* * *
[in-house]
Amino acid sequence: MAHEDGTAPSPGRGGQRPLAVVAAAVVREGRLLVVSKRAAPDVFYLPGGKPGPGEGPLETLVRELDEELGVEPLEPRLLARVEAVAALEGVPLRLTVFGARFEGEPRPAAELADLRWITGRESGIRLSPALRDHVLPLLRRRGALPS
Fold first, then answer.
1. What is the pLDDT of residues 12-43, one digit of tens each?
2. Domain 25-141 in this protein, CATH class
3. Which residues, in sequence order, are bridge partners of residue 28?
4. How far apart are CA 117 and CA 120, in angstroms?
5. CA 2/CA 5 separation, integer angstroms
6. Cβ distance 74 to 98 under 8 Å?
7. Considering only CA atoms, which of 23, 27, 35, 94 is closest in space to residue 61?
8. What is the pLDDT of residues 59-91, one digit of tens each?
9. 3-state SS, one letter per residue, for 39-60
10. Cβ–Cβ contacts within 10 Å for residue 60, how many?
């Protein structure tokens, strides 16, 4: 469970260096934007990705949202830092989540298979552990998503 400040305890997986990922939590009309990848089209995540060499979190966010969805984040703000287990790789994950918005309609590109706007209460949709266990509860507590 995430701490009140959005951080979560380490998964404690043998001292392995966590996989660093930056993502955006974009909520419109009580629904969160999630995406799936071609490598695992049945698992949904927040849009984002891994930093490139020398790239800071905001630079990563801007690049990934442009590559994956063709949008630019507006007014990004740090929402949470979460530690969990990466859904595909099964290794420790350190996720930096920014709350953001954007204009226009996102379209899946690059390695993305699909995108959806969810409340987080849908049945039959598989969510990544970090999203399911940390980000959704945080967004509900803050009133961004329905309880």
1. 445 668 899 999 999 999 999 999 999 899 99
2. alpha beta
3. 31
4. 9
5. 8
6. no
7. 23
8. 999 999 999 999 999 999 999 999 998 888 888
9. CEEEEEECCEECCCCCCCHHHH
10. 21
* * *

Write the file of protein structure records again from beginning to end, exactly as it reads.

[in-house]
Amino acid sequence: MAHEDGTAPSPGRGGQRPLAVVAAAVVREGRLLVVSKRAAPDVFYLPGGKPGPGEGPLETLVRELDEELGVEPLEPRLLARVEAVAALEGVPLRLTVFGARFEGEPRPAAELADLRWITGRESGIRLSPALRDHVLPLLRRRGALPS
Fold first, then answer.
1. What is the pLDDT of residues 12-43, one digit of tens each?
2. Domain 25-141 in this protein, CATH class
3. Which residues, in sequence order, are bridge partners of residue 28?
4. How far apart are CA 117 and CA 120, in angstroms?
5. CA 2/CA 5 separation, integer angstroms
6. Cβ distance 74 to 98 under 8 Å?
7. Considering only CA atoms, which of 23, 27, 35, 94 is closest in space to residue 61?
8. What is the pLDDT of residues 59-91, one digit of tens each?
9. 3-state SS, one letter per residue, for 39-60
10. Cβ–Cβ contacts within 10 Å for residue 60, how many?
């Protein structure tokens, strides 16, 4: 469970260096934007990705949202830092989540298979552990998503 400040305890997986990922939590009309990848089209995540060499979190966010969805984040703000287990790789994950918005309609590109706007209460949709266990509860507590 995430701490009140959005951080979560380490998964404690043998001292392995966590996989660093930056993502955006974009909520419109009580629904969160999630995406799936071609490598695992049945698992949904927040849009984002891994930093490139020398790239800071905001630079990563801007690049990934442009590559994956063709949008630019507006007014990004740090929402949470979460530690969990990466859904595909099964290794420790350190996720930096920014709350953001954007204009226009996102379209899946690059390695993305699909995108959806969810409340987080849908049945039959598989969510990544970090999203399911940390980000959704945080967004509900803050009133961004329905309880």
1. 445 668 899 999 999 999 999 999 999 899 99
2. alpha beta
3. 31
4. 9
5. 8
6. no
7. 23
8. 999 999 999 999 999 999 999 999 998 888 888
9. CEEEEEECCEECCCCCCCHHHH
10. 21